Freedom of the will has been on the philosophical agenda for centuries, but what about frustration of the will? So far as I know, no enquiry has been made into this daily human encounter, neither have questions concerning its philosophical implications been raised.
This morning, in the usual semi-somnambulant state of first awakening, I reached for the soap several times. At each attempt the slippery tablet shot from my grasp. A short while later, whilst preparing breakfast, an annoying little fly hovered about me, tantalizingly close. Yet at every attempt to terminate the life of the wretched beast it evaded my clapped hands.
Throughout the day there will arise similar examples of frustration. The aim of willed action is frequently diverted from its target by a combination of both animate and inanimate deflecting causes. It is in our nature to feel anything from mild frustration to downright raging anger when we do not get our way. Perhaps the philosophical question central to experience is not so much whether our will is free, but rather the manner in which constraints impinge upon value-motivated intentionality.
We are continually setting ourselves goals. In order to achieve a goal, an end-state, we must mentally prepare and specify a series of actions that we hope will culminate in reaching the end-state. Philosophers since Aristotle have referred to such action as teleological. It is not in the nature of molecules to plan for the future. Laplacean science admits no concepts that accommodate a planning "I". Evidently there is something in the unique path of events that prescribes the goal of intentionality that is outside the realm of physical law as we understand it.
Freedom too implies that we either set into motion a unique path of events, or we abort it. Either way we are once again in the realms of something extra-physical. In other words a solution to the "freedom problem" cannot be sought in terms of mere causality.This conviction is shared by Malcolm Clifton in his article in this year's Oxford Philosophical Society Review in which he writes: Freedom is essentially different from any physical process.----Physical events per se cannot contain the potentiality for freedom, which is intrinsically mental or spiritual in character.
Freedom, it seems, is in our ability to overcome the frustration of unachieved goals by adapting to fresh strategies. If at first we don't succeed we are free to prescribe an entirely new unique path of events that will arrive at the same conjectured end-state. Frustration fuels the journey to success.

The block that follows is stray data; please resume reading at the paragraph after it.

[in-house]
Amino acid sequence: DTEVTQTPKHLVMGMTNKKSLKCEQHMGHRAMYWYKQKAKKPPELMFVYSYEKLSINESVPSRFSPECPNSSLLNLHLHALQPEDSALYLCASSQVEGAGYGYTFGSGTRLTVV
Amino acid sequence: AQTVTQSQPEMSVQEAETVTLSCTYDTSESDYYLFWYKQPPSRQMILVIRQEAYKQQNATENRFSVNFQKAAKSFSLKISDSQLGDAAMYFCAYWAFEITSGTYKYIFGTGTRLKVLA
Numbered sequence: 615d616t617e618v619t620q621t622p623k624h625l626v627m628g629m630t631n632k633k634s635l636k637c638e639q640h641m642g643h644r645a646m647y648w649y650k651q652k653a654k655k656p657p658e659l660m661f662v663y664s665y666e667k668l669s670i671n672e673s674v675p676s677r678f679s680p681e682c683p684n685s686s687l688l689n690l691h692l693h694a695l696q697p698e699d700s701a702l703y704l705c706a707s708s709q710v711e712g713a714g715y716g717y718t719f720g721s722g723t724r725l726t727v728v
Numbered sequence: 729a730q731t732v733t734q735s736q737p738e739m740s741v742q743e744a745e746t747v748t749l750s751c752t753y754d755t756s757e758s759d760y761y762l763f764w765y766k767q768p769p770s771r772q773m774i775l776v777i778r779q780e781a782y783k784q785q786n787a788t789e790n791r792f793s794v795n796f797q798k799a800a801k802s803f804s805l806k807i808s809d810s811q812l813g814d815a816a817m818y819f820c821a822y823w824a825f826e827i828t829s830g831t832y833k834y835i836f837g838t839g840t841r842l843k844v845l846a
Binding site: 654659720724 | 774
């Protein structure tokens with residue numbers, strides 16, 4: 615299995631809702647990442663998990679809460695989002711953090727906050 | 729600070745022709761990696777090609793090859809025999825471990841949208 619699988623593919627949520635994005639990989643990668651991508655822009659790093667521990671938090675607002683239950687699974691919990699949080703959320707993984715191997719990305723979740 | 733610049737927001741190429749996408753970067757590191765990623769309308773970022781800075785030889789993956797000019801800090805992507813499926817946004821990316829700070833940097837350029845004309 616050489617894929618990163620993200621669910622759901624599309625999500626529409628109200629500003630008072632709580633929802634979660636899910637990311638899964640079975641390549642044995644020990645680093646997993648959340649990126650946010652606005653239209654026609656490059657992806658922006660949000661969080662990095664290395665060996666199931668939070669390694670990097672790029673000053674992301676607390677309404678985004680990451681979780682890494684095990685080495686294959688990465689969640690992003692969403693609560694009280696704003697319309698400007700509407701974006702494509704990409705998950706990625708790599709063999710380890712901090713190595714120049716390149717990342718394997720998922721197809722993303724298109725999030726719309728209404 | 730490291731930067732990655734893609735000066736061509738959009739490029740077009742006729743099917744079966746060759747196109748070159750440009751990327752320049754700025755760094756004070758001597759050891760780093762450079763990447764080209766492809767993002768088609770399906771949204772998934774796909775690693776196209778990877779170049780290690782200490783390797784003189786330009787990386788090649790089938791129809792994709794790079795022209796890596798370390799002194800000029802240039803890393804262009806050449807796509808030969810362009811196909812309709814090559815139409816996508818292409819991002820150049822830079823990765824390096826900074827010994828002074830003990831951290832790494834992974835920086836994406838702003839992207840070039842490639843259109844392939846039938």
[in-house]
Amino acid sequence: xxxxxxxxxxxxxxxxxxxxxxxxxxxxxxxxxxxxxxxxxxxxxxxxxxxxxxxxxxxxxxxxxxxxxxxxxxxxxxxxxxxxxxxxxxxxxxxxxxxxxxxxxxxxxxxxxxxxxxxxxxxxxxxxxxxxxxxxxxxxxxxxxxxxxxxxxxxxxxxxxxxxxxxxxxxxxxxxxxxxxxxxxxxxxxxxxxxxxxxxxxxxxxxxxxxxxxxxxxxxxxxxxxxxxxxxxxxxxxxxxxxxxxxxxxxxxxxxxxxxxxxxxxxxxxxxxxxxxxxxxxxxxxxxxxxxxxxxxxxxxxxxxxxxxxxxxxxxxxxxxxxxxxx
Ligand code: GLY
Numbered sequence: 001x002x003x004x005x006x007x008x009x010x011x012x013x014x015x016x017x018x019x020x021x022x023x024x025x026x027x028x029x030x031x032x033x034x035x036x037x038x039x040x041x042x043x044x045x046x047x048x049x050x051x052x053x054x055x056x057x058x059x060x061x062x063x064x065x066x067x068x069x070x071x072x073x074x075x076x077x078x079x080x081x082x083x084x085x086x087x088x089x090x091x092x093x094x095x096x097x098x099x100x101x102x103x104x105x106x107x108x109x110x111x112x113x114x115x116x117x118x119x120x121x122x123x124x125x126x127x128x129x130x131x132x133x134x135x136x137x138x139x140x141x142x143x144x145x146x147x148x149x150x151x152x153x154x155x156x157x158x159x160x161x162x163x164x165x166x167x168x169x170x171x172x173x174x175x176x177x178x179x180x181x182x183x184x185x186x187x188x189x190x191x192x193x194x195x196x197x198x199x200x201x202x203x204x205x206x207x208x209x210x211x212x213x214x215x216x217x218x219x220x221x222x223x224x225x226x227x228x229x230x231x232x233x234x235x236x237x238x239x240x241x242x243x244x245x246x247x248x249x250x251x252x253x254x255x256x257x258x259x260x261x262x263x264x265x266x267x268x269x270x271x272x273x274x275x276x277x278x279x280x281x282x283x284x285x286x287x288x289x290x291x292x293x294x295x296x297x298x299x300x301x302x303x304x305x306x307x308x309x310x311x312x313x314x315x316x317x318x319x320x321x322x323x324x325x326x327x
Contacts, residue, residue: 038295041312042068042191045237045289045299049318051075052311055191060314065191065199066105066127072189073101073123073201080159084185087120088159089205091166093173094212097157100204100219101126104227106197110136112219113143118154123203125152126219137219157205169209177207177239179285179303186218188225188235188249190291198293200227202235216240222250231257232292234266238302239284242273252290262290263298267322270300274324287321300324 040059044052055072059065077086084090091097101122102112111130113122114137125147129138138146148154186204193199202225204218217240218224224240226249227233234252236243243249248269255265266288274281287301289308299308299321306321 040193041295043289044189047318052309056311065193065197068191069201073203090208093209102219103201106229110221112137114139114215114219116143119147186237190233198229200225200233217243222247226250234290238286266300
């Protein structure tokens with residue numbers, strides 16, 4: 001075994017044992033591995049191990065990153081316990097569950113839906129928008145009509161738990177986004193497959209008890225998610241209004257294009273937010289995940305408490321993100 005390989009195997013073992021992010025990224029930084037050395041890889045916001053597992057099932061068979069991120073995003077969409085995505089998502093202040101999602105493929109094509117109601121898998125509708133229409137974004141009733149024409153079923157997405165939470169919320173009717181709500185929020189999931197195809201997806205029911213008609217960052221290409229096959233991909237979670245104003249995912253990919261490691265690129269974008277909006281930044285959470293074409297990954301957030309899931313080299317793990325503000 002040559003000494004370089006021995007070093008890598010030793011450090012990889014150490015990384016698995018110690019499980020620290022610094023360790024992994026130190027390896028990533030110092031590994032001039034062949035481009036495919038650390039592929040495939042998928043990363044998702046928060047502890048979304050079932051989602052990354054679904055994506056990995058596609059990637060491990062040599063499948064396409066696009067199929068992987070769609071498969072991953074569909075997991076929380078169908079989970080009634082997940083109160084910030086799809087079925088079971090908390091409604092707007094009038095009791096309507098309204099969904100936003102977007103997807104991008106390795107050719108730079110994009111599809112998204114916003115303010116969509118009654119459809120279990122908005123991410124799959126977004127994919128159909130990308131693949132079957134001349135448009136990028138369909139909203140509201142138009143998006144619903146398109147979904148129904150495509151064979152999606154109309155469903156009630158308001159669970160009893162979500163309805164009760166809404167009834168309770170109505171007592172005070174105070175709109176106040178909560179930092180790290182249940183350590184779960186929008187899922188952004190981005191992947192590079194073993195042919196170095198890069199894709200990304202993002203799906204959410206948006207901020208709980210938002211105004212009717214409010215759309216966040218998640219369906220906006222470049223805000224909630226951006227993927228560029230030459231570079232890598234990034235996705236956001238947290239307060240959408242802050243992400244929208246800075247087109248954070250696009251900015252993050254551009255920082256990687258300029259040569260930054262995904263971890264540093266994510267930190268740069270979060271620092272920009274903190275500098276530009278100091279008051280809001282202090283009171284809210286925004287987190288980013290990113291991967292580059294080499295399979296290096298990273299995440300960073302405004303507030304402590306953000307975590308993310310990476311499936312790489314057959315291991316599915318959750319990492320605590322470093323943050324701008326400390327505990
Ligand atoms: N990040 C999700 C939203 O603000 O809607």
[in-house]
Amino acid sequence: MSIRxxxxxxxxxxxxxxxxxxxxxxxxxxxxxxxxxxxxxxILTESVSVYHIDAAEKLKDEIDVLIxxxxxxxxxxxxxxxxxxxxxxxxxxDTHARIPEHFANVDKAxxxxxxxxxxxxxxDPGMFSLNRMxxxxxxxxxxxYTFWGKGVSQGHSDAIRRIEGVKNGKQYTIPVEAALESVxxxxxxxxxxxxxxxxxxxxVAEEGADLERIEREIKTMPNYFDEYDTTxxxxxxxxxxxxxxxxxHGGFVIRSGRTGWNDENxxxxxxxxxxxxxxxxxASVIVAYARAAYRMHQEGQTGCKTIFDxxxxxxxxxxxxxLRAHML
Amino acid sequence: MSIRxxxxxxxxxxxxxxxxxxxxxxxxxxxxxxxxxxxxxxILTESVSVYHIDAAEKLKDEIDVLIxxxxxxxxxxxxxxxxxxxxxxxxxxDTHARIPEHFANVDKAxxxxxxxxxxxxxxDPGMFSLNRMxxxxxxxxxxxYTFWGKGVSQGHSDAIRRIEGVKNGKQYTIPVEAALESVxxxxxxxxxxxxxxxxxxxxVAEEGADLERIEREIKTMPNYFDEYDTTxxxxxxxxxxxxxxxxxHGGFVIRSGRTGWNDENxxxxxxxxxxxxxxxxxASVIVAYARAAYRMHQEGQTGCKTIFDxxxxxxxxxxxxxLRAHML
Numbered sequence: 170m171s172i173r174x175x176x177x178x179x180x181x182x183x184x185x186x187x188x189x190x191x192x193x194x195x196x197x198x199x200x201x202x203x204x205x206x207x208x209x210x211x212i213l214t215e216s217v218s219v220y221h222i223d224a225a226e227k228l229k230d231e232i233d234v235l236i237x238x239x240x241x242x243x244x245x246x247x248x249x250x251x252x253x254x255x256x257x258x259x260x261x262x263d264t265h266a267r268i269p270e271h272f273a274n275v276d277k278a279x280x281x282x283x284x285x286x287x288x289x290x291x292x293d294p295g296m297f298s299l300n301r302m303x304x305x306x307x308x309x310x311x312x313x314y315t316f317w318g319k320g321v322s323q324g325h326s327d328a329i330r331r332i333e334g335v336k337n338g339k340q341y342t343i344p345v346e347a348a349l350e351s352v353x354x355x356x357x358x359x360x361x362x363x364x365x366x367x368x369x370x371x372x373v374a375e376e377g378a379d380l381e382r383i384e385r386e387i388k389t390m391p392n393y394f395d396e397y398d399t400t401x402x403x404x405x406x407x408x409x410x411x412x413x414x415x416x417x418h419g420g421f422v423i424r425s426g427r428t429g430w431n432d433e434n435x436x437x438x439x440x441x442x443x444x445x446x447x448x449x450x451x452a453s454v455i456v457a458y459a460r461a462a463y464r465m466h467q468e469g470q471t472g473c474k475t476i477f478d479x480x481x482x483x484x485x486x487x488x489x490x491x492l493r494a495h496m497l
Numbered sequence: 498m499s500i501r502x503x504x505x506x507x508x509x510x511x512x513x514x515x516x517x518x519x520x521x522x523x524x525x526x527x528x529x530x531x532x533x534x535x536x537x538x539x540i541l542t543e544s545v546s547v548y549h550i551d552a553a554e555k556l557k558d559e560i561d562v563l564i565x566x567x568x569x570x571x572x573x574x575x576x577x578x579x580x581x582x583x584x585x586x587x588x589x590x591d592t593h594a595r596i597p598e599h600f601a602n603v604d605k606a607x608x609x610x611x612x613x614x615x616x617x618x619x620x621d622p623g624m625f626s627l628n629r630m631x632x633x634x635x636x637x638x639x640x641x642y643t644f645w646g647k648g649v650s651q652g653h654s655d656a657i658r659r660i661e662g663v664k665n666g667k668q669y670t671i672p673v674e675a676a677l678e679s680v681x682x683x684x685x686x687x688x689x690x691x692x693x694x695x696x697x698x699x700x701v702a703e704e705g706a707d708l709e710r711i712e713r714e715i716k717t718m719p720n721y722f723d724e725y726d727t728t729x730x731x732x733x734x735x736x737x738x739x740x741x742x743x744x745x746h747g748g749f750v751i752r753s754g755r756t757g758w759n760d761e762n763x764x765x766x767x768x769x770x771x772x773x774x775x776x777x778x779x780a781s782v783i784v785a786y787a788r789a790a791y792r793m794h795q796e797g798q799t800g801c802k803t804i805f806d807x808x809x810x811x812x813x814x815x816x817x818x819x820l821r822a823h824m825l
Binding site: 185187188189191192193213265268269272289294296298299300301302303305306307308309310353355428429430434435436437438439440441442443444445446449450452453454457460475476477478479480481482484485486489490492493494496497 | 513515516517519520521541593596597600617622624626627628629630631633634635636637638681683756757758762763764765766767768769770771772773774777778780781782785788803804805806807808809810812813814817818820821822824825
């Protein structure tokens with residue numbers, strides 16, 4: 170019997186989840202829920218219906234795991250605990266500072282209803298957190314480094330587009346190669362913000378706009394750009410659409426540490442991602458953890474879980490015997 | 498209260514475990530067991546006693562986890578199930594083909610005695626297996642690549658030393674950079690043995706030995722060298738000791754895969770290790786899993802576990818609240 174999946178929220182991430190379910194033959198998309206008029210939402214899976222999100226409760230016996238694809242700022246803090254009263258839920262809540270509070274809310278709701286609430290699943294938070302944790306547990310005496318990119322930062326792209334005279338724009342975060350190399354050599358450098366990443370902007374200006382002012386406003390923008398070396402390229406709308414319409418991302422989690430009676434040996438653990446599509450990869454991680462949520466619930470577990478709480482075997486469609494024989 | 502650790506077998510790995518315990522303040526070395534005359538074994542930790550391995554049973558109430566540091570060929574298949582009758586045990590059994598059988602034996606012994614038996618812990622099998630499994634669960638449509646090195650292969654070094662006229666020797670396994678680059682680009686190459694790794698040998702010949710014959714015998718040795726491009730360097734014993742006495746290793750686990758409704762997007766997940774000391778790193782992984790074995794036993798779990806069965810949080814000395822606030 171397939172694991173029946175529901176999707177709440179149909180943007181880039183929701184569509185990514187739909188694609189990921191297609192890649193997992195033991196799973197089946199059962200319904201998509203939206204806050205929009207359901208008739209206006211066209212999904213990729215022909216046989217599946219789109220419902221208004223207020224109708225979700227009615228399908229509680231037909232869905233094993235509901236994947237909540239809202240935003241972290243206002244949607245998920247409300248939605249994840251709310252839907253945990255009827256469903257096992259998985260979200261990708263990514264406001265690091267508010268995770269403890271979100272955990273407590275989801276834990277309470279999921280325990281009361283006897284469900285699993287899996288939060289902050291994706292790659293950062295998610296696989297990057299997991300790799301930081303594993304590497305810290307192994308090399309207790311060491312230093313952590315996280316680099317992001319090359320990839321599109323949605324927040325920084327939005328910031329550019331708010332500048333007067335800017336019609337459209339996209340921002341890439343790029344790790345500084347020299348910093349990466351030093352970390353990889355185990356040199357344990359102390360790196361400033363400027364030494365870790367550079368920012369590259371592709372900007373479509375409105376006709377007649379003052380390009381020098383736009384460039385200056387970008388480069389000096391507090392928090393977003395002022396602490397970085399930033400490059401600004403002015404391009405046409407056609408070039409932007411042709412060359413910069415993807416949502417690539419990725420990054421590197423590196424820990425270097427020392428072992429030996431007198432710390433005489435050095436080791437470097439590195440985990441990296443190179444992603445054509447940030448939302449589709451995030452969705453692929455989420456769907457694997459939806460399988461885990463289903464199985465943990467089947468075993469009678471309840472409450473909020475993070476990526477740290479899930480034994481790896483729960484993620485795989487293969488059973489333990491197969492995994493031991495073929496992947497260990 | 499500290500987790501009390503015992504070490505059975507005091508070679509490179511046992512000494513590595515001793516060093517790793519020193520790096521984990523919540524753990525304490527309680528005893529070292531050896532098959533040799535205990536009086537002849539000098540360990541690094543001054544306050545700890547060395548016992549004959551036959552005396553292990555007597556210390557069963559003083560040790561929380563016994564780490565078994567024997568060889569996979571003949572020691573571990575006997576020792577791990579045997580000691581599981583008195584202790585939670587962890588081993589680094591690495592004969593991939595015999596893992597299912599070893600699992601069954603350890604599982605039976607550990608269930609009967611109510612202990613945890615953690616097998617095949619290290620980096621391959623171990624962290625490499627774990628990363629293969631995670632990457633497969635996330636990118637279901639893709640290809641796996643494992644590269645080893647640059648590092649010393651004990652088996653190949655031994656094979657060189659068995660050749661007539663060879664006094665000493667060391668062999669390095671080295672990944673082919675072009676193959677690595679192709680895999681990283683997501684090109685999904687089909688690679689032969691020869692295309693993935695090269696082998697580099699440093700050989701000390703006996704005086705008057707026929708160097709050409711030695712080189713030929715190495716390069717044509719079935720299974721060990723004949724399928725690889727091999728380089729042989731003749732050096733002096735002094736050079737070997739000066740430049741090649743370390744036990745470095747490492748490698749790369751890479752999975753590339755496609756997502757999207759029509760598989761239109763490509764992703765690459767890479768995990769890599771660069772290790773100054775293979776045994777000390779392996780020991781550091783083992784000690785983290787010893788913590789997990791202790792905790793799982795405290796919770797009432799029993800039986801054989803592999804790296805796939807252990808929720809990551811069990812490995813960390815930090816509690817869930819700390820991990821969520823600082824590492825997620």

I have said that freedom implies that we either set into motion a unique path of events, or we abort it. Either way we initiate a decision. The free-will debate however has traditionally focused upon the possibility that somehow we are forced to follow a path of events. Freedom then is denied if we are compelled to initiate some action within a continuous and ongoing causal pattern. To be precise the word "initiate" in this context is inappropriate. The picture would be more that of a causal-train in the environment that continues unabated within a person. The person could then be said to be constrained to act as an obedient mechanism.
But, we may ask, obedient to what? To the demands of genes; to the blind and purposeless motion of molecules? But this is to go contrary to everything that our subjectivity tells us. The whole point of my behaviour is that it is conditioned by what I choose to call purpose: I grasp the soap to wash; I clap my hands together to kill the fly. It would seem to be a perverse and contradictory piece of pedantry to argue that the purpose of my act in each case is served by the purposeless play of matter. I could hardly endow the universe with the attribute of purposelessness unless I first understood, felt, and acted upon the concept of purpose.
Purpose and freedom, as I have suggested, are central elements of our subjective experience and can be no part of inanimate matter as we understand it. We cannot have it both ways. If the evolutionary sweep of molecules is essentially blind and without purpose we had better look elsewhere to explain our constant will for purpose, even the purpose of a Richard Dawkins whose mission is to deny purpose.
One final point. There is a sense in which our behaviour may be perceived as no longer free, and that is when we choose to delegate it to habit, routine, and mechanical patterns invested in the cerebellum. For the accomplished executant much of driving a car or playing the piano is no longer under the conscious will of the person. In a sense the initial freedom of action has gone. But the automatic pilot mode is consequent upon an initial purposeful act being made.
RONALD R. CRETCHLEY, 22.11 99.